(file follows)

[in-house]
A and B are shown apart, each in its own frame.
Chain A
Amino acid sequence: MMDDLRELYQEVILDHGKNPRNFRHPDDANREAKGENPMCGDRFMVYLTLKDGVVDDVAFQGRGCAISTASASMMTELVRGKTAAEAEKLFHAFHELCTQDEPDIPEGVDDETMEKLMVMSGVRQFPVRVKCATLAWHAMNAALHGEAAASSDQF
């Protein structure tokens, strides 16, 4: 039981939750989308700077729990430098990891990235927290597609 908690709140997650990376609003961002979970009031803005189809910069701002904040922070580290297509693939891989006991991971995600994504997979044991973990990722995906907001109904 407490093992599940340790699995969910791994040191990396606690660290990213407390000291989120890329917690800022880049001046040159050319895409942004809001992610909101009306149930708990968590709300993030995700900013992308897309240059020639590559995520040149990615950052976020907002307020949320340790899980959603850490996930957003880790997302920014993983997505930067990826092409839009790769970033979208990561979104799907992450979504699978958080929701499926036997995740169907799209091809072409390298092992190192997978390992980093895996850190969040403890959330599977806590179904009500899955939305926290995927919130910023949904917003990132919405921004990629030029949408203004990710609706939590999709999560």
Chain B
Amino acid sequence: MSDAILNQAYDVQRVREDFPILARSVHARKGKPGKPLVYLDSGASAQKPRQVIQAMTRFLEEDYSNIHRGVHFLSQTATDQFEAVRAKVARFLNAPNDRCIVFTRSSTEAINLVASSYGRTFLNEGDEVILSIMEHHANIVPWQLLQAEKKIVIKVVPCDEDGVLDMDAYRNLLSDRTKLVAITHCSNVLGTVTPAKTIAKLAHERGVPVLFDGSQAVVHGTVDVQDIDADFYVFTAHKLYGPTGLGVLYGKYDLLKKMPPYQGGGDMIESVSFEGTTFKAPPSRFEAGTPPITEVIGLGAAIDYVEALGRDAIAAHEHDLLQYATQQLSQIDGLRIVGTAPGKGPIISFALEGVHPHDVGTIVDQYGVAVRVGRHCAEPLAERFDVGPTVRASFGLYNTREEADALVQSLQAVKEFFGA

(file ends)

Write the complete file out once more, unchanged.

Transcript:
[in-house]
A and B are shown apart, each in its own frame.
Chain A
Amino acid sequence: MMDDLRELYQEVILDHGKNPRNFRHPDDANREAKGENPMCGDRFMVYLTLKDGVVDDVAFQGRGCAISTASASMMTELVRGKTAAEAEKLFHAFHELCTQDEPDIPEGVDDETMEKLMVMSGVRQFPVRVKCATLAWHAMNAALHGEAAASSDQF
């Protein structure tokens, strides 16, 4: 039981939750989308700077729990430098990891990235927290597609 908690709140997650990376609003961002979970009031803005189809910069701002904040922070580290297509693939891989006991991971995600994504997979044991973990990722995906907001109904 407490093992599940340790699995969910791994040191990396606690660290990213407390000291989120890329917690800022880049001046040159050319895409942004809001992610909101009306149930708990968590709300993030995700900013992308897309240059020639590559995520040149990615950052976020907002307020949320340790899980959603850490996930957003880790997302920014993983997505930067990826092409839009790769970033979208990561979104799907992450979504699978958080929701499926036997995740169907799209091809072409390298092992190192997978390992980093895996850190969040403890959330599977806590179904009500899955939305926290995927919130910023949904917003990132919405921004990629030029949408203004990710609706939590999709999560």
Chain B
Amino acid sequence: MSDAILNQAYDVQRVREDFPILARSVHARKGKPGKPLVYLDSGASAQKPRQVIQAMTRFLEEDYSNIHRGVHFLSQTATDQFEAVRAKVARFLNAPNDRCIVFTRSSTEAINLVASSYGRTFLNEGDEVILSIMEHHANIVPWQLLQAEKKIVIKVVPCDEDGVLDMDAYRNLLSDRTKLVAITHCSNVLGTVTPAKTIAKLAHERGVPVLFDGSQAVVHGTVDVQDIDADFYVFTAHKLYGPTGLGVLYGKYDLLKKMPPYQGGGDMIESVSFEGTTFKAPPSRFEAGTPPITEVIGLGAAIDYVEALGRDAIAAHEHDLLQYATQQLSQIDGLRIVGTAPGKGPIISFALEGVHPHDVGTIVDQYGVAVRVGRHCAEPLAERFDVGPTVRASFGLYNTREEADALVQSLQAVKEFFGA